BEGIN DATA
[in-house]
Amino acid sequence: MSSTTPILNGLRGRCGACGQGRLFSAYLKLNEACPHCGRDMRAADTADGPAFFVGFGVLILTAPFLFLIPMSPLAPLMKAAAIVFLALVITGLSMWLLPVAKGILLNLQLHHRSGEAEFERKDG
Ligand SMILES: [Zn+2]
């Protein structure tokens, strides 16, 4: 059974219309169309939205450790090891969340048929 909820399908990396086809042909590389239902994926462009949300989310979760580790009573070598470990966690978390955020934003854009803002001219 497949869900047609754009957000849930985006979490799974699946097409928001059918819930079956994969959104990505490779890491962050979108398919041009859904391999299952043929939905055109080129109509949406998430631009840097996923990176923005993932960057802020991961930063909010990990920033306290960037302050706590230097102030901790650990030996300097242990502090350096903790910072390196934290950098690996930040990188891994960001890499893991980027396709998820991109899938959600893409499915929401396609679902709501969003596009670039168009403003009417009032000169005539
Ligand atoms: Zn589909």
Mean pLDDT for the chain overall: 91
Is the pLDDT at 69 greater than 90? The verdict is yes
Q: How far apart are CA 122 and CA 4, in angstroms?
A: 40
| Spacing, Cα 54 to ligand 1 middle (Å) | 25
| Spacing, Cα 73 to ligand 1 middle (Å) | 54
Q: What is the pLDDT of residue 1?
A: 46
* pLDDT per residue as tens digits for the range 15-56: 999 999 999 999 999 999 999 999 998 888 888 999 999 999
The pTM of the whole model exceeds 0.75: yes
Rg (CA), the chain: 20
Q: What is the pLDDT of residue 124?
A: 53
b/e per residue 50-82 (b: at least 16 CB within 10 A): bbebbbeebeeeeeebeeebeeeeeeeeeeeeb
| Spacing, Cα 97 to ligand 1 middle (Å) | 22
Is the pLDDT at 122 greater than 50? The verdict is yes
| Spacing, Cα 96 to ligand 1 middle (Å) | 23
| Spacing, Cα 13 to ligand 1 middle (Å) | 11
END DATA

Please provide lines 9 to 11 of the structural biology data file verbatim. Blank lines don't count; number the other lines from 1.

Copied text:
A: 40
| Spacing, Cα 54 to ligand 1 middle (Å) | 25
| Spacing, Cα 73 to ligand 1 middle (Å) | 54